In Defense of Less-Is-More

John Mandrola, MD


January 09, 2018

As 2017 ended, the influential writer and cardiologist Lisa Rosenbaum challenged the tenets of the less-is-more movement in the New England Journal of Medicine.[1]

Incitement began in the title, The Less-Is-More Crusade—Are We Overmedicalizing or Oversimplifying? Rosenbaum concluded that "Mitigating waste is imperative," but she argued that doing so means considering the nuances of complex medical decisions and that what may be perceived as a greed for dollars may reflect a hunger for information.

I live and breathe less-is-more thinking. To simplify care, to master the obvious, to heal and comfort with fewer drugs and procedures, this, I believe, defines elegance in medicine. Rosenbaum's essay struck at some of my core beliefs. It defended the status quo of American healthcare.

Rosenbaum is a gifted writer; her points are well researched. She has built a reputation for taking tough stances, most remarkably with her three-part series supporting the benefits of physician-industry collaboration.[2,3,4]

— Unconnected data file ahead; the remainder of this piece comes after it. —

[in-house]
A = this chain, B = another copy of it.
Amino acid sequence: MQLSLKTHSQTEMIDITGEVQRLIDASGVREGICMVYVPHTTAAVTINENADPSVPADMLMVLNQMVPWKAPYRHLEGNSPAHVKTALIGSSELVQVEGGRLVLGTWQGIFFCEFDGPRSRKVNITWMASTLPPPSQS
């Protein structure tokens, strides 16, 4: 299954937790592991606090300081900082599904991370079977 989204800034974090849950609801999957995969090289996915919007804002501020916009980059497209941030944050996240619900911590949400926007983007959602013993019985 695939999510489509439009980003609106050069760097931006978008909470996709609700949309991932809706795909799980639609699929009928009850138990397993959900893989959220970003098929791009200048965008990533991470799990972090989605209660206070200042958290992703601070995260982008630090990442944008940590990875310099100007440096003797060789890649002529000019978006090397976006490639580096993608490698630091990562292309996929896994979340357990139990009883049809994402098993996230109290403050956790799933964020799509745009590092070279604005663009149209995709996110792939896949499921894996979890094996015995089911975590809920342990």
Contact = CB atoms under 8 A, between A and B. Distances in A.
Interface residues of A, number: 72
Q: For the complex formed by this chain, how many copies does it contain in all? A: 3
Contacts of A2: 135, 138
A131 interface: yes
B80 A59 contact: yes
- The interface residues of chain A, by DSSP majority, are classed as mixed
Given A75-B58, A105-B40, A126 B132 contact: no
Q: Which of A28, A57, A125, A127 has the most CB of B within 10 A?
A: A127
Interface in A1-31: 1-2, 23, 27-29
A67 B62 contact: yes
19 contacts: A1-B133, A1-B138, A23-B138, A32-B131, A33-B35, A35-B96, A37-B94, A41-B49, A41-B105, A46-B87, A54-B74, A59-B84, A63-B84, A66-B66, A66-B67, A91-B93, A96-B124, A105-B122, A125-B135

This article may be even bolder given that the United States spends far more on healthcare than any other industrialized country and gets no better outcomes.[5] Here she confronts those (like me) who believe medical waste is easily defined, due mostly to greed, and fixable with few tradeoffs. 

Rosenbaum and I are friends, but I will respectfully disagree with nearly every one of her points.

Medical Waste Is Massive

She begins by questioning Dartmouth-based research[6] that claims that up to 30% of health care dollars are wasted. She cites multiple analyses, which note flaws in the researchers' methods; an economic paper that found hospitals with higher treatment intensity had lower mortality rates; and an observational study associating lower rates of admission from the emergency department (ED) with higher mortality.[7,8,9,10,11]

I laud critical appraisal and admit to not knowing exactly how much care is unnecessary. But anyone who practices in the US system knows there is massive amounts of waste. A recent Kaiser Health News piece chronicled widespread cancer screening in elderly nursing home patients. Walk by most nuclear medicine departments and you will see elders in diapers getting myocardial perfusion scans. Then there are the intensive care units, where far too often, we provide wasteful inhumane "care" at the end of life.